"My custom has always been to ponder grief; that is, to follow it through ventricle and aorta to find out its lurking places. That old weight in the chest, telling me there is something I must dwell on, because I know more than I know and must learn it from myself..."
~from Gilead by Marilynne Robinson
Ah grief, that foe. Grief, that makes our bodies rock with deep, deep sadness. Grief, that we'll do almost anything to avoid because it's so consuming, so exhausting, so bottomless.
As John Ames, however, the character in Robinson's novel Gilead points out, grief has secrets and if we sit with it, allow it to illuminate those dark corners of our heart where we "know more than I know and must learn from it myself," then grief can be our teacher.
It runs counter to our instincts, this sitting with grief. Especially in these times of quick fixes, of escape hatches. Why sit with grief when we can lose ourselves in television? Why sit with grief when there's a tub of ice cream or a box of donuts? Why sit with grief when there's Facebook, Twitter, cat videos? When there's an OW to stalk online?
Why? Because grief isn't going anywhere. Grief waits beneath the anger and anxiety. It makes itself known when your friend announces she's pregnant and you burst into tears. It makes itself known when you can barely get out of bed even though you know you need to get outside. It makes itself known when the mere act of making dinner feels like too much. It makes itself known when you move the wedding album to a bottom drawer because you can't bear to be reminded.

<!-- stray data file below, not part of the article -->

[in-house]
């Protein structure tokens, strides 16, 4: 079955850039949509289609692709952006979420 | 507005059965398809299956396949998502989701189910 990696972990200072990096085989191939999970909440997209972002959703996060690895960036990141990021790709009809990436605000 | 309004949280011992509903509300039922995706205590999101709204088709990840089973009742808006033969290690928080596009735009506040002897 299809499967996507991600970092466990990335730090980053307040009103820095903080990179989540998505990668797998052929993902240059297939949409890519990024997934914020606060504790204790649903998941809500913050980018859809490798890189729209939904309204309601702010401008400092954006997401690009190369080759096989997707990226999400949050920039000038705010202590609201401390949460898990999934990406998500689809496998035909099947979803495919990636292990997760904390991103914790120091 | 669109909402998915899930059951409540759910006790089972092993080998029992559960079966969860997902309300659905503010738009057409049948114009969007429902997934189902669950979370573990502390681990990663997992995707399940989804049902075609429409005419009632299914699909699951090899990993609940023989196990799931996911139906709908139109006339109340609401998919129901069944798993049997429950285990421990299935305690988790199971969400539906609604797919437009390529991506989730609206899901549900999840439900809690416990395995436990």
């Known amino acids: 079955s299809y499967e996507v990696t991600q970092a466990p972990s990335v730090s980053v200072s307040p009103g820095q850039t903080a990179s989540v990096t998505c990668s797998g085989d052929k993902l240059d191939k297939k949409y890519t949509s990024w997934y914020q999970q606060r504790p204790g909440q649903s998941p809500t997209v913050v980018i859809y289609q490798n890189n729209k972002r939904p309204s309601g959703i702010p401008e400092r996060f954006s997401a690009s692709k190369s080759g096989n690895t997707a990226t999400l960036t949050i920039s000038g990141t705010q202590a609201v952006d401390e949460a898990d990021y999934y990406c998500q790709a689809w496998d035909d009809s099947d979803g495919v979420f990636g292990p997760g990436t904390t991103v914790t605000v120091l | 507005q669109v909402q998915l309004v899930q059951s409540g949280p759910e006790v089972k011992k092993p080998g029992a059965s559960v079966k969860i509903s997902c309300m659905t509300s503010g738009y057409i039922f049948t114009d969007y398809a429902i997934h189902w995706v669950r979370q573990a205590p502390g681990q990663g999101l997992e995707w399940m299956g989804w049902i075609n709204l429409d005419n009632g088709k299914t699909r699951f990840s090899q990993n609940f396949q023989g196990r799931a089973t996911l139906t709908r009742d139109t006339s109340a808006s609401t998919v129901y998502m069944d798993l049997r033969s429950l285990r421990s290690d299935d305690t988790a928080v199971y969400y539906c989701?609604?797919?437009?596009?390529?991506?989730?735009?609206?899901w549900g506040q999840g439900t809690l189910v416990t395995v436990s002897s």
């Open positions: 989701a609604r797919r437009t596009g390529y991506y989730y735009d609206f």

But grief is cagey. It can't be experienced on the fly. It requires that we truly sit still with it. That we don't try and "solve" it. We can't think our way out of grief. We need to feel our way through it, like a blind man in an unfamiliar place.
The beauty of grief is that when we allow ourselves to feel such deep pain and loss we open ourselves up to being able, eventually, to feel the highs too.
It's not easy, opening up to grief. It feels huge. We fear being swallowed alive.
But like our character in Gilead, that weight is our cue that it needs our attention. I spent far too long living life with the feeling of an elephant on my chest. Sure I was functional. But I sure as hell wasn't having fun. Perhaps "fun" is too much to expect of anyone going through the pain of infidelity. Perhaps we should lower our expectations to feeling a bit...lighter. Being able to smile sincerely. To hold, for even a moment, the beauty in a child's smile, or the trust in a friend's hug, or the joy in a pet's wagging tail, alongside our pain. To make room for something other than hurt and fear (disguised as anger).
I've been asked how to open up to the pain with the expectation that it also opens us up to life's joy again. The only real answer I have is to sit with it. When it comes – and it will, so be patient – let it wash over you. We're so terrified of our grief that we push it away. We busy ourselves. We shift focus.
But that only pushes grief into the shadows of our heart; it only leaves our hearts restricted.
Sit with your grief and discover that you know more than you know, including where to take your next step. Grief, especially, is wisdom that guides the way toward healing.